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Welfare reform on the Web (February 2007): Education - UK - training

Community education, lifelong learning and social inclusion. 2nd ed.

L. Tett

Edinburgh: Dunedin Academic Press, 2006 (Policy and practice in education)

In Scotland community education is provided both through a variety of local authority departments and a range of voluntary organisations and includes work with young people, community based learning, popular adult education and community work. The book illustrates the conceptual as well as the political debates about the role, purpose and practice of community education in Scotland. It explores a number of community education projects making the case for a model of lifelong learning focusing on democratic renewal.

Learning reps lead the way

Anon

Labour Research, vol.96, Jan. 2007, p.17-19

The government sponsored Leitch Review has said that union learning representatives will play an important part in improving the skills profile of the working population. The learning rep role is popular with new activists despite some experiencing difficulties with facility time. The learning and skills agenda is embedding itself into union structures and is widely expected to become a core union activity over time.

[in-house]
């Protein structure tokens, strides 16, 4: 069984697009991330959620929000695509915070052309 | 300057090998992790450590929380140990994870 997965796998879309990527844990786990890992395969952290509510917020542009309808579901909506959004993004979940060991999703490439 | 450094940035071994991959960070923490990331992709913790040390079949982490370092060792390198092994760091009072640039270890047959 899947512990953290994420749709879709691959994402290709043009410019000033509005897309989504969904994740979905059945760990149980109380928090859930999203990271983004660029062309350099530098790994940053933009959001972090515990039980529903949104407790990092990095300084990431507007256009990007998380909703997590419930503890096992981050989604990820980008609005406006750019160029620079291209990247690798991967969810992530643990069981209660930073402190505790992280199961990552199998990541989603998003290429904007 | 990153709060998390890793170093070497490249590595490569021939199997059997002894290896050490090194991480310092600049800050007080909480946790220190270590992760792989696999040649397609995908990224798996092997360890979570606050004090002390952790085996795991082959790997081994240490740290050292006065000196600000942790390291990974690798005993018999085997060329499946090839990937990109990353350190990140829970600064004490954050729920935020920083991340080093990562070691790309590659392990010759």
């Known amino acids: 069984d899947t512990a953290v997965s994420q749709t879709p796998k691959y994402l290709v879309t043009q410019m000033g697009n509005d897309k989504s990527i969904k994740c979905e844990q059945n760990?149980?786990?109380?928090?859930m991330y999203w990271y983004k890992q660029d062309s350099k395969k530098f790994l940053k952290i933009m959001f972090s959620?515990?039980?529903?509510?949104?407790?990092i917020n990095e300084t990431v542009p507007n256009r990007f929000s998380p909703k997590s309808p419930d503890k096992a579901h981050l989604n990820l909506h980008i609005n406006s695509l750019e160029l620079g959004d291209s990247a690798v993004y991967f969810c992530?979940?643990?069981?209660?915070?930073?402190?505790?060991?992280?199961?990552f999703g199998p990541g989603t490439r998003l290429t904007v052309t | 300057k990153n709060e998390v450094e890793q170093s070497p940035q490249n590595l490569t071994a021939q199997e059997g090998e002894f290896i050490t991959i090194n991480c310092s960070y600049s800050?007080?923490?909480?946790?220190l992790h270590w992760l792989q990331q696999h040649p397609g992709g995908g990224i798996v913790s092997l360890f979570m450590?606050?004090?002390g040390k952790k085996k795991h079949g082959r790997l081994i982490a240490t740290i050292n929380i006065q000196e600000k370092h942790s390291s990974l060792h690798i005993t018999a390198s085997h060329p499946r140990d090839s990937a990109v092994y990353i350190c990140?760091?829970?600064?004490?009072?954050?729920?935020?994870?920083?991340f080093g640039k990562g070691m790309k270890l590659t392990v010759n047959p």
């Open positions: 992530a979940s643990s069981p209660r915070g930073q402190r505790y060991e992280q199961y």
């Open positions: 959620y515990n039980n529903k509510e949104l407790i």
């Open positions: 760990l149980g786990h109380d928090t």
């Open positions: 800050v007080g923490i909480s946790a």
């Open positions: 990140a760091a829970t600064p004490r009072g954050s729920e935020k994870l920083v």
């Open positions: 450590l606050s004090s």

Prosperity for all in the global economy: world class skills: final report of the Leitch review of skills

Lord Leitch

London: TSO, 2006

This report sets out an ambitious goal for the UK to become a world leader in skills by 2020, benchmarked against the upper quartile of the OECD. The main recommendations are:

  • Increasing skill attainments at all levels.
  • Routing public funding of vocational skills through Train to Gain and Learner Accounts.
  • Strengthening the employer voice on skills through creation of a new Commission for Employment and Skills, increasing employer engagement and investment in skills, and reforming Sector Skills Councils which will simplify and approve vocational training.
  • Launching a new “pledge” for employers to voluntarily train more staff at work. If insufficient progress has been made by 2010, a statutory right for employees to access workplace training may be introduced.
  • Increasing employer investment in higher level qualifications, especially in apprenticeships and and in degree and postgraduate level training.
  • Raising people’s aspirations and awareness of the value of skills, and creating a new universal adult careers service to diagnose skill needs.
  • Government to introduce compulsory education or workplace training up to the age of 18
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